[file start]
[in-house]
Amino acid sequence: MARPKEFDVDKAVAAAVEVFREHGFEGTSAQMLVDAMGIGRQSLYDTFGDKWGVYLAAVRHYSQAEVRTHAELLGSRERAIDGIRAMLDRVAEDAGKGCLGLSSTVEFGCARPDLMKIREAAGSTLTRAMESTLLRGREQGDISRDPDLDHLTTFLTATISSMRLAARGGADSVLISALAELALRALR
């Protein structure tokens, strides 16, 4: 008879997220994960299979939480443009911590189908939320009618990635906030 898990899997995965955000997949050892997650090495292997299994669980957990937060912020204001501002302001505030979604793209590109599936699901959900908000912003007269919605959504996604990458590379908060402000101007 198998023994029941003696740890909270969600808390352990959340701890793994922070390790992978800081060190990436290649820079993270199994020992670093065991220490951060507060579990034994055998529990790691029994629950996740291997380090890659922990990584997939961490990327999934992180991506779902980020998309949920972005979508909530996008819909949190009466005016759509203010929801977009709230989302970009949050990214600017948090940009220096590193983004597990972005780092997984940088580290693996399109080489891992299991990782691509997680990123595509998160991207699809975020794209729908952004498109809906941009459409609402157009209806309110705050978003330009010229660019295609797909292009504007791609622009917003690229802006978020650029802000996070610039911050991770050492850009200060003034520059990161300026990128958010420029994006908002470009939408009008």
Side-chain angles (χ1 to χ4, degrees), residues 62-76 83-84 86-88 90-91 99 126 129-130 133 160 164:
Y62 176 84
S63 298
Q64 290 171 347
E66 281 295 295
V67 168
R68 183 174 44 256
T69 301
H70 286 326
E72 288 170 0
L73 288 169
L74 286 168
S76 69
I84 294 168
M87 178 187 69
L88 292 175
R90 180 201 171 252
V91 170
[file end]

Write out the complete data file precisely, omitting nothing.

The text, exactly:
[in-house]
Amino acid sequence: MARPKEFDVDKAVAAAVEVFREHGFEGTSAQMLVDAMGIGRQSLYDTFGDKWGVYLAAVRHYSQAEVRTHAELLGSRERAIDGIRAMLDRVAEDAGKGCLGLSSTVEFGCARPDLMKIREAAGSTLTRAMESTLLRGREQGDISRDPDLDHLTTFLTATISSMRLAARGGADSVLISALAELALRALR
């Protein structure tokens, strides 16, 4: 008879997220994960299979939480443009911590189908939320009618990635906030 898990899997995965955000997949050892997650090495292997299994669980957990937060912020204001501002302001505030979604793209590109599936699901959900908000912003007269919605959504996604990458590379908060402000101007 198998023994029941003696740890909270969600808390352990959340701890793994922070390790992978800081060190990436290649820079993270199994020992670093065991220490951060507060579990034994055998529990790691029994629950996740291997380090890659922990990584997939961490990327999934992180991506779902980020998309949920972005979508909530996008819909949190009466005016759509203010929801977009709230989302970009949050990214600017948090940009220096590193983004597990972005780092997984940088580290693996399109080489891992299991990782691509997680990123595509998160991207699809975020794209729908952004498109809906941009459409609402157009209806309110705050978003330009010229660019295609797909292009504007791609622009917003690229802006978020650029802000996070610039911050991770050492850009200060003034520059990161300026990128958010420029994006908002470009939408009008």
Side-chain angles (χ1 to χ4, degrees), residues 62-76 83-84 86-88 90-91 99 126 129-130 133 160 164:
Y62 176 84
S63 298
Q64 290 171 347
E66 281 295 295
V67 168
R68 183 174 44 256
T69 301
H70 286 326
E72 288 170 0
L73 288 169
L74 286 168
S76 69
I84 294 168
M87 178 187 69
L88 292 175
R90 180 201 171 252
V91 170